Ride to Rescue: Meet the Woman Saving the UAE’s Sick and Disabled Horses

7 mins

‘Just because a horse can’t be ridden anymore, it doesn’t mean it deserves to die’ – Yasmin Sayyed, founder of horse shelter Ride to Rescue, explains why she has dedicated her life to caring for unwanted horses

Horse riding is deeply ingrained in the culture of the UAE and many countries across the world. But have you ever wondered what happens to the horses who are too old, injured or sick to be ridden anymore? Well, here in the UAE, many are lucky enough to end up at Ride to Rescue, the horse shelter founded by Yasmin Sayyed. 

Born and raised in Germany to Palestinian and Greek parents, Sayyed currently cares for 35 horses, including many who were saved from being euthanized. Founded ten years ago, the shelter was formerly based at Mandara Equestrian Club in Abu Dhabi, but it recently relocated to Ras Al Khaimah.

‘I do not agree with this idea that just because a horse cannot be ridden anymore, it should be put to sleep,’ Sayyed tells The Ethicalist.

‘Of course, it varies from horse to horse. But many are not ready to die. They can still live a happy life without being ridden, or even if they have a disability. After all, horses sacrifice their lives for our enjoyment. In the end, we are the ones who break them down. Horses have a right to age with integrity and I try to make sure their last years are happy ones.’

Sayyed has worked with horses for most of her life, including at HH Sheikh Mohammed bin Rashid Al Maktoum’s endurance stable for nine years. It was while working at a stable in the UAE that she came across her first rescue horse, Salambo. 

She says: ‘Samambo had severe motor neurone disease. I found myself being the only one who cared for him and one day the owner gave me AED500 and his passport, and told me I could have him. Many people accused me of being cruel for not putting him down. But I could see in his eyes that he didn’t want to die. He just needed someone to be strong and suffer with him until he was better. He eventually recovered and he’s still with us. After that, other people started asking me to take in horses.’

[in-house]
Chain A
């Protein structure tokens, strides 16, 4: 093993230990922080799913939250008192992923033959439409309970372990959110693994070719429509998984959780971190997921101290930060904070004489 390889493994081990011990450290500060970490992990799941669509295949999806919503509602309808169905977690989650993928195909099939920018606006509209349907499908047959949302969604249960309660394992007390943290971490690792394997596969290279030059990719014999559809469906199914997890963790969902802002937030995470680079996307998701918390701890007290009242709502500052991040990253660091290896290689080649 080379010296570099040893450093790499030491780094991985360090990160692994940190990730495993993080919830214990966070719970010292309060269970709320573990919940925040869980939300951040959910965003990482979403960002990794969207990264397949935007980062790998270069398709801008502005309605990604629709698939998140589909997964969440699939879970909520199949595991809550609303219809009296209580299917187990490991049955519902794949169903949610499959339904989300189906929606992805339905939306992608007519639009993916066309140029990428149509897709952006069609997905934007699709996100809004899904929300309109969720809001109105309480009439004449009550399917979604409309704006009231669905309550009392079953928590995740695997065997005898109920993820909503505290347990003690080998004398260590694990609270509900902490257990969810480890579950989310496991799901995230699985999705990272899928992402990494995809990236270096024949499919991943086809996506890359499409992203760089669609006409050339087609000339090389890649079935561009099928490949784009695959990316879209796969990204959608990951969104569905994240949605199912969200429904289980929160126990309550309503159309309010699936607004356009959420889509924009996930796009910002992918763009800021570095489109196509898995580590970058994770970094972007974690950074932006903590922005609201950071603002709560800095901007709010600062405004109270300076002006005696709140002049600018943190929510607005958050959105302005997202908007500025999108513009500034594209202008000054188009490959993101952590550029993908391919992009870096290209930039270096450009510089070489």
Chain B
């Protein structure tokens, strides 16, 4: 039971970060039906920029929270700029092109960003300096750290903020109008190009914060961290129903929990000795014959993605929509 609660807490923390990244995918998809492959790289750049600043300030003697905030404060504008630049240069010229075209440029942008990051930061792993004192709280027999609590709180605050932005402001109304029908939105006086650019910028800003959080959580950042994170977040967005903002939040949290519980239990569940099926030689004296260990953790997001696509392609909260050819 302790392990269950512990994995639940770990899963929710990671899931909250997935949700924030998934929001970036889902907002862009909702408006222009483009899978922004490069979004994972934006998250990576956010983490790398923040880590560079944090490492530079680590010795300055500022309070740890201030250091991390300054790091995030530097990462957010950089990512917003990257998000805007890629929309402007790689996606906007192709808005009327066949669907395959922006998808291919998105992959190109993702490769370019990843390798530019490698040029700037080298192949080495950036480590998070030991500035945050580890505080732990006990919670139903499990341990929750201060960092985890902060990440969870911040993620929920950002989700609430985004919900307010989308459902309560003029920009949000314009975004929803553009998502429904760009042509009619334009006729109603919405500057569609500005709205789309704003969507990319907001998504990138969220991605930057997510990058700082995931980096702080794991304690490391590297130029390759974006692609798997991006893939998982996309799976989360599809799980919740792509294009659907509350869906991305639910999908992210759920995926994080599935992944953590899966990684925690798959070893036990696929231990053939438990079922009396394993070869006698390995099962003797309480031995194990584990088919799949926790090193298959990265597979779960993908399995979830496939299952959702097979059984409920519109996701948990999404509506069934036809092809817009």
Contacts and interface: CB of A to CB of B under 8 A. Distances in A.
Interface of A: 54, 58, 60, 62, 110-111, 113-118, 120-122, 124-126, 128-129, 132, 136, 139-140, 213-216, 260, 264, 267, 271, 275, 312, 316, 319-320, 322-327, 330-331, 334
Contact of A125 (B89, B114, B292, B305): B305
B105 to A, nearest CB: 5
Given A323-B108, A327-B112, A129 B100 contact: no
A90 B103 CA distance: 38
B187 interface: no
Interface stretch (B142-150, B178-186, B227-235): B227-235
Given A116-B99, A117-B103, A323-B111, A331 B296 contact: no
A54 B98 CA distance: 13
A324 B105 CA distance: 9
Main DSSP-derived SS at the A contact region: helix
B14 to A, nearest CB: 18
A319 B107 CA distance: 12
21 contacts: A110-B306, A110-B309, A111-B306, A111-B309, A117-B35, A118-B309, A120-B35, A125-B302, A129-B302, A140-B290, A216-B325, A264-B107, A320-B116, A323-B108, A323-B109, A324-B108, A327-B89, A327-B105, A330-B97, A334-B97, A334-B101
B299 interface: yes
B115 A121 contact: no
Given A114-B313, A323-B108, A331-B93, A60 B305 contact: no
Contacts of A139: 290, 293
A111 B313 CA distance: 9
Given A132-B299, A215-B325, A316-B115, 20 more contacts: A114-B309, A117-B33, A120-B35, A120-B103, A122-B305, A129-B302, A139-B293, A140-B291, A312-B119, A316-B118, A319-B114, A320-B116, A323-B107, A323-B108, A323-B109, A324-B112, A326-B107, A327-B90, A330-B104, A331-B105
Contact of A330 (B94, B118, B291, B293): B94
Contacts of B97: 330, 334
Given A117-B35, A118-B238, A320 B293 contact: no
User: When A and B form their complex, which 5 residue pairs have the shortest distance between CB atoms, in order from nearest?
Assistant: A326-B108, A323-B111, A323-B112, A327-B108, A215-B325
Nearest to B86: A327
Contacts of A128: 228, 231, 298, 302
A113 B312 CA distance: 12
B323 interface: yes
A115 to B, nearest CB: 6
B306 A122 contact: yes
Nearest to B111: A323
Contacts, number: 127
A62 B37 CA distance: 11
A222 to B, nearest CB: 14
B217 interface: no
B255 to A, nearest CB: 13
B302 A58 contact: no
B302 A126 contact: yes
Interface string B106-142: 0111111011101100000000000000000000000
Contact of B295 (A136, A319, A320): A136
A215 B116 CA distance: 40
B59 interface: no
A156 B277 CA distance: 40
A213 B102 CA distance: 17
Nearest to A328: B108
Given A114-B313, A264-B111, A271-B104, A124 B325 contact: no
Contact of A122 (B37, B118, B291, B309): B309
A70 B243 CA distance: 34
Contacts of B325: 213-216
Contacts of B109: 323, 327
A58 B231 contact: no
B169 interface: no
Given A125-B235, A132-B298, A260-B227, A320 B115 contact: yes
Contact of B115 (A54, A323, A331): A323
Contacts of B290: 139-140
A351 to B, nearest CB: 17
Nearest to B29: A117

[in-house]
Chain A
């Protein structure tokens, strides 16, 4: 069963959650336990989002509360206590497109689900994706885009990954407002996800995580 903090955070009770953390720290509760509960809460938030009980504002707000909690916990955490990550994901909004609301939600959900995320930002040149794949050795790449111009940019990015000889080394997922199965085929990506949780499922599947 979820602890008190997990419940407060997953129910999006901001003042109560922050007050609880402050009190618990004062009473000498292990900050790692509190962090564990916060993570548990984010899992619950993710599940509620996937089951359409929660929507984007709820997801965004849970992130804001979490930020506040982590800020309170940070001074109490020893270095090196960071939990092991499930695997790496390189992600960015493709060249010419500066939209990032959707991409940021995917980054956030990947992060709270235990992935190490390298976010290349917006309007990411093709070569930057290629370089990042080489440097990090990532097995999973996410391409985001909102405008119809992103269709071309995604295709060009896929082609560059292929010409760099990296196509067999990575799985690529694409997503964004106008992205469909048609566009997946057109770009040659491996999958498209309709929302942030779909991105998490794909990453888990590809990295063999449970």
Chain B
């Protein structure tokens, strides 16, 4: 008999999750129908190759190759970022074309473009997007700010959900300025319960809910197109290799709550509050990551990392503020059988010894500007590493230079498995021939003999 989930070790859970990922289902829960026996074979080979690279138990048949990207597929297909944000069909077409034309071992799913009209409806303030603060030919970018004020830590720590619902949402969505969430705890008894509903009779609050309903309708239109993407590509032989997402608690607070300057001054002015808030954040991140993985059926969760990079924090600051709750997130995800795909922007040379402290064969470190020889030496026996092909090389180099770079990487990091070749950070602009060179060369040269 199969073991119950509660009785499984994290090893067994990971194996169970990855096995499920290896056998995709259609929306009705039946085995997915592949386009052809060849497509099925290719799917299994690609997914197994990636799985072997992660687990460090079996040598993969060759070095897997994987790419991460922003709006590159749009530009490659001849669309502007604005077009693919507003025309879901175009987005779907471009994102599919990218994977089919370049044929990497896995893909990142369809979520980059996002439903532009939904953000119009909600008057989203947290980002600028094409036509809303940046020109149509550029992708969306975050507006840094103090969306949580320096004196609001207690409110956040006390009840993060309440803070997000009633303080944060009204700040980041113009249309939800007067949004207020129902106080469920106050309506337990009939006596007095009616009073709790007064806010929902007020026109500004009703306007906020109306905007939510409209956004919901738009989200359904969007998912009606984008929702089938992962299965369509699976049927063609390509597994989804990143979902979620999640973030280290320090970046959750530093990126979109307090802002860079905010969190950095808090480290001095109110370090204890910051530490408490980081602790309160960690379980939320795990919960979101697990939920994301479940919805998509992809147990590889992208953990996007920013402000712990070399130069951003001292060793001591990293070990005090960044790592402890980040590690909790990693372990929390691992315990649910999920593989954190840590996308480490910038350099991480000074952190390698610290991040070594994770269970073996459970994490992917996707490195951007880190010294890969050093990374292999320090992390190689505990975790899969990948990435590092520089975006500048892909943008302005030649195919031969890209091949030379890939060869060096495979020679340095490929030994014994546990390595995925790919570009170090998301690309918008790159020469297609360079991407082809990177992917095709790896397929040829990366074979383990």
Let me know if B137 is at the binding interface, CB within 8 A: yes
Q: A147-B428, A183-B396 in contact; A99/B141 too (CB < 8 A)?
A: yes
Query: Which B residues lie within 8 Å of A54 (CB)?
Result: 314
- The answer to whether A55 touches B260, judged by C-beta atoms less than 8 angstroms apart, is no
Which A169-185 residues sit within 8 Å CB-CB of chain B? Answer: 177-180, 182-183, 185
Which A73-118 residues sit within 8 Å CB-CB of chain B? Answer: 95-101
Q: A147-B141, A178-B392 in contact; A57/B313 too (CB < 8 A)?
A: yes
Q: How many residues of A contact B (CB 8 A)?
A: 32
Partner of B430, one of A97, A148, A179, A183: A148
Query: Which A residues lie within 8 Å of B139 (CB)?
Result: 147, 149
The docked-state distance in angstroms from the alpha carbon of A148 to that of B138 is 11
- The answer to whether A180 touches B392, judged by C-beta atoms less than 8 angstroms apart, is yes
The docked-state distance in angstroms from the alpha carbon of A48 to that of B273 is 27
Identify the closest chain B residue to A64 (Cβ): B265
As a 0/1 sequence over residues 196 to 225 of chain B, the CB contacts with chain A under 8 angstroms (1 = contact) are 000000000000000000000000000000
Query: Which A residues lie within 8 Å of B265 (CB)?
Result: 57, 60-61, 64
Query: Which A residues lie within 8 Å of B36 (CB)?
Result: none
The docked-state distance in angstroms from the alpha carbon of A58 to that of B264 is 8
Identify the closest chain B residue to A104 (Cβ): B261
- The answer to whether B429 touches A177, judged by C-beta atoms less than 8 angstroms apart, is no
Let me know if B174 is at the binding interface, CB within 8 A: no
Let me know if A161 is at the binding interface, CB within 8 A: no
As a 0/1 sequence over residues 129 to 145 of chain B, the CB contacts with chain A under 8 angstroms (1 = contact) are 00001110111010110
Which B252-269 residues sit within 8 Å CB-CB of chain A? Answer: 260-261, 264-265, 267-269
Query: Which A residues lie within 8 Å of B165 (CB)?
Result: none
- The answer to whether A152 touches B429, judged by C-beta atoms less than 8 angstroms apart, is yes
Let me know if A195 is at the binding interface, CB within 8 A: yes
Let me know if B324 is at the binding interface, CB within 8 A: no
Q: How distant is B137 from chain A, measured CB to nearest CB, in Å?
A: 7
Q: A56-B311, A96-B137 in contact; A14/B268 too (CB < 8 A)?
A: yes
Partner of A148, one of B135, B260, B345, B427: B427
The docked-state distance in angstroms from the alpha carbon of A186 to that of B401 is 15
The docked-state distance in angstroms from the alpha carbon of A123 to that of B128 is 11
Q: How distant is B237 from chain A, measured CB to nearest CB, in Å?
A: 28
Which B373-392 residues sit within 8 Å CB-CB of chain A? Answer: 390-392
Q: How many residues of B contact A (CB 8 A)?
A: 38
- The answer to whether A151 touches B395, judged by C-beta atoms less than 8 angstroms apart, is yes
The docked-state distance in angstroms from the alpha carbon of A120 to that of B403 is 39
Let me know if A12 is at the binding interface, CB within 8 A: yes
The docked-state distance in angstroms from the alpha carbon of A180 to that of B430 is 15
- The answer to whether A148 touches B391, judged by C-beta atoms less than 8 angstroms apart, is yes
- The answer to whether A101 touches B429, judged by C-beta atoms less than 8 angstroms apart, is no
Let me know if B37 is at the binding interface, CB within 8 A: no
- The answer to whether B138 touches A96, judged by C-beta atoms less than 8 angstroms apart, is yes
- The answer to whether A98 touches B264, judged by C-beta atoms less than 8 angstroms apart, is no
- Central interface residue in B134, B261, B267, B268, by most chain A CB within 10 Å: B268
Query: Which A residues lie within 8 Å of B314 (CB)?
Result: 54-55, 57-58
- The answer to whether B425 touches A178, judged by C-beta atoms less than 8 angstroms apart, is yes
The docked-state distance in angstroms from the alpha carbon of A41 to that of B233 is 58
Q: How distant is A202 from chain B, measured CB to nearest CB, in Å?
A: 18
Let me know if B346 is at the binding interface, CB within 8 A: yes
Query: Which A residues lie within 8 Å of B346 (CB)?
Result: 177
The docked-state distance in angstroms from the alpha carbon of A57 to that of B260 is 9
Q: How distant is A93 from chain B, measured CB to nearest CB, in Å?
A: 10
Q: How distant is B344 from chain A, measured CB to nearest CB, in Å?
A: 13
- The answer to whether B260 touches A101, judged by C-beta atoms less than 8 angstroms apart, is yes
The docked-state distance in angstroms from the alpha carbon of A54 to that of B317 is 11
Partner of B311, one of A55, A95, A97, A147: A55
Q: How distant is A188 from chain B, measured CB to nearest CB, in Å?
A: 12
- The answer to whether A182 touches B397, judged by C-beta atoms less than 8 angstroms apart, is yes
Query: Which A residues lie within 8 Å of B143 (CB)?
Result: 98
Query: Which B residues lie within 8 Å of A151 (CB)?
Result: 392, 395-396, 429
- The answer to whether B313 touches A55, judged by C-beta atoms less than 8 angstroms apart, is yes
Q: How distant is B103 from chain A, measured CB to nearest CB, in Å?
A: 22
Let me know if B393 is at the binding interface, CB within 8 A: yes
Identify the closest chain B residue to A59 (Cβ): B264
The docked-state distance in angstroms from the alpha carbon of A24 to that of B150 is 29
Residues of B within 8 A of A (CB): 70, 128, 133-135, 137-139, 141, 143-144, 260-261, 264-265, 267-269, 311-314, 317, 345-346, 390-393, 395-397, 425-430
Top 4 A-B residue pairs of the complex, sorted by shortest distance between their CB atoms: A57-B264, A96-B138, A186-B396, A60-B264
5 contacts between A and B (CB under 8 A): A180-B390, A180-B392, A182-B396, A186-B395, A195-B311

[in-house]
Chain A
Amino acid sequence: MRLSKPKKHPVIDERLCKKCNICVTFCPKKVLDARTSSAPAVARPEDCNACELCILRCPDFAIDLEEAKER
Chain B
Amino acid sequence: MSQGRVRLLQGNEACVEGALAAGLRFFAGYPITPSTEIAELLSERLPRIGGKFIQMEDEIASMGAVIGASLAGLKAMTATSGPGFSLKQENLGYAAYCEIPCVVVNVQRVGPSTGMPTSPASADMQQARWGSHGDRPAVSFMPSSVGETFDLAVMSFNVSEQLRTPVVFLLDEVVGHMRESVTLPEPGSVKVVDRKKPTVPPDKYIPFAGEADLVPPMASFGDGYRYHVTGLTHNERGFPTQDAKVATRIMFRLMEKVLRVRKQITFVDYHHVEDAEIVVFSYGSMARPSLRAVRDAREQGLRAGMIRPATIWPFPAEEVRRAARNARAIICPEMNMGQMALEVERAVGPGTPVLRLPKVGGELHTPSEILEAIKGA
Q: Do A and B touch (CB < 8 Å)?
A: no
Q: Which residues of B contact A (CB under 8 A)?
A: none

Ride to Rescue Success Stories

While many horses are brought to Ride to Rescue because they are too old to be ridden, some of her rescues are as young as four years old. 

‘One horse was brought to us after he was kept in a chicken coop for eight months. It was one of the worst cases of neglect I have ever seen. There was no air conditioning, and it was so small he couldn’t even put his head up. His legs were severely deformed from being kept like this,’ she explains.

badly malnourished horse

‘But he is now a completely different horse. He will never be 100 percent the way he was but even my vet agrees that he might get better with time. If I hadn’t rescued him, he would have been put to sleep as he wouldn’t have been deemed worth saving. But this doesn’t just happen in the UAE, there are similar cases of animal cruelty in Germany and everywhere in the world.’

Another horse came to Ride to Rescue through Tadweer, the Abu Dhabi Waste Management Centre, after it was found wandering by itself on a beach. A former show jumping horse who fractured his fetlock was another difficult rescue case.